OBR figures support the cuts
IT WAS inevitable that yesterday’s first pronouncements by the newly created Office for Budget Responsibility would cause political ructions, but the initial findings of the independent body were perhaps a shade more complex than might have been expected.
To the surprise of nobody with any kind of grip on reality, the OBR downgraded the growth forecast for the UK economy next year from the range of 3% to 3.5% projected by former Chancellor Alistair Darling in his final Budget ahead of the General Election to a more realistic 2.6%.
However, the level of future borrowing forecast by the OBR is somewhat lower than that projected by the previous government, with a net figure of �544billion expected for the five years to 2015 against the �567bn previously forecast.
So does Mr Darling have a point when he argues, as he did in an interview with the BBC yesterday, that the new Government should curb its plans to cut public spending and increase taxation.
The answer, sadly but necessarily, is “No”, with the findings of the OBR underlining the fallacy contained within Labour’s thinking on the economy.
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Mr Darling claimed that the OBR report “does rather underline the point that I have been making that if you take money away from the economy you run the risk that growth will be lower still.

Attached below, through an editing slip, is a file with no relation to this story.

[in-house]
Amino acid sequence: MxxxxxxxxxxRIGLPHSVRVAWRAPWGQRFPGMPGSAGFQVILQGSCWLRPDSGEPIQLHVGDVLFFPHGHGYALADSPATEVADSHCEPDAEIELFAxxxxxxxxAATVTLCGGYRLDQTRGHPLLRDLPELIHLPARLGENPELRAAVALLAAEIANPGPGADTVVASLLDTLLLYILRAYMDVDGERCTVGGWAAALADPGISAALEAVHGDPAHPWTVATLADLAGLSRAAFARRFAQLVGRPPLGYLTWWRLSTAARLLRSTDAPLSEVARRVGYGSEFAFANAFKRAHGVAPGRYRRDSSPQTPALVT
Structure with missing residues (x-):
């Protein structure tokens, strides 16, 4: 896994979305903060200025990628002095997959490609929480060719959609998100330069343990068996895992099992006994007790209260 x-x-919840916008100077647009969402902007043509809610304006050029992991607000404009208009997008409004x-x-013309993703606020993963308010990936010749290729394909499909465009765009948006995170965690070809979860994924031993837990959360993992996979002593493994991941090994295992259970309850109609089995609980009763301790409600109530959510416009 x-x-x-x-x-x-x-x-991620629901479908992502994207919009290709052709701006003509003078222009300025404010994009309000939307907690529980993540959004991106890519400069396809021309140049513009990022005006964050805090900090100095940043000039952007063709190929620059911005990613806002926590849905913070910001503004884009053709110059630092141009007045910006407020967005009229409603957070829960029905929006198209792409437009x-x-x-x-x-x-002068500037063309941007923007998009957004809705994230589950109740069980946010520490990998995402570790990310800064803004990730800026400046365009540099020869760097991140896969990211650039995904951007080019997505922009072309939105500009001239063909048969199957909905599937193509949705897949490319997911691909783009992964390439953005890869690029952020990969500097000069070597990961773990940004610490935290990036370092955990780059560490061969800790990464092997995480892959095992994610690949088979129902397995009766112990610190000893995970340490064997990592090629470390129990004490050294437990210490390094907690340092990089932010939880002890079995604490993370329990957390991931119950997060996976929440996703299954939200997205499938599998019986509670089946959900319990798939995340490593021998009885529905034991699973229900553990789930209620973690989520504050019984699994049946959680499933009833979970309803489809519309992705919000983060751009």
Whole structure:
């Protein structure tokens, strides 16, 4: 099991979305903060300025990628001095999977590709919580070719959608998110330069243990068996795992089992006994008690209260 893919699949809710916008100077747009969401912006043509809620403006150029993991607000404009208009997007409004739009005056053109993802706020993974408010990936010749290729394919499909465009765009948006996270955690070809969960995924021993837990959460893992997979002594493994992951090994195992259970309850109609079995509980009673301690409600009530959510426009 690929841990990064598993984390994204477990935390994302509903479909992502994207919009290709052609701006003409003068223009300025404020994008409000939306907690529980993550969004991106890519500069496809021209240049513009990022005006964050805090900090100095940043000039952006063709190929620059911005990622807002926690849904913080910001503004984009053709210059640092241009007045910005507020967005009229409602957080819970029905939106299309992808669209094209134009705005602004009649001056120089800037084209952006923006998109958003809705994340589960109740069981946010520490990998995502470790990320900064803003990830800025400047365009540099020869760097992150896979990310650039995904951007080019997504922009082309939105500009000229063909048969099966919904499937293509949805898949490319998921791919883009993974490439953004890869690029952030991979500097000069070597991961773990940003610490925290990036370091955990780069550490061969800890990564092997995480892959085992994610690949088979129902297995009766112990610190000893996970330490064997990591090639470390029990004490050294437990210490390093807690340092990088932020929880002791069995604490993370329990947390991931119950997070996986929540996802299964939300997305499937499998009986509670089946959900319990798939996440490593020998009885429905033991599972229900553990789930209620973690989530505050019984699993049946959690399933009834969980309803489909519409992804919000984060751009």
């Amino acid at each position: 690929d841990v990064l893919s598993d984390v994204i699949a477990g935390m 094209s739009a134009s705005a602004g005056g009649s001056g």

“This Government has no strategy for growth and if you don’t get growth you won’t get borrowing down.”
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The problem with this analysis is that it rather ignores the scale of the threat posed by the public sector deficit. Despite its slightly more optimistic assessment of borrowing, the OBR states that the structural deficit (that part of the deficit that will not automatically be reduced by economic growth) will actually widen this year from Labour’s prediction of 7.3% of GDP to 8%.
Far from avoiding the risk of a double-dip recession, as Mr Darling argues, a quest for growth which postpones decisive spending cuts would put the UK’s credit rating at risk, with the threat of high interest rates to follow.
This would act as a drag on recovery for years to come. The pain expected in new Chancellor George Osborne’s first Budget next week cannot be avoided.
n It may have come a day too late to be included in the Queen’s Birthday Honours List but, in view of the continuing spat between Britain and America over the BP oil spill in the Gulf of Mexico, one hopes that some form of official recognition for his contribution to Anglo-US relations at this difficult time will eventually be given to England goalkeeper Robert Green.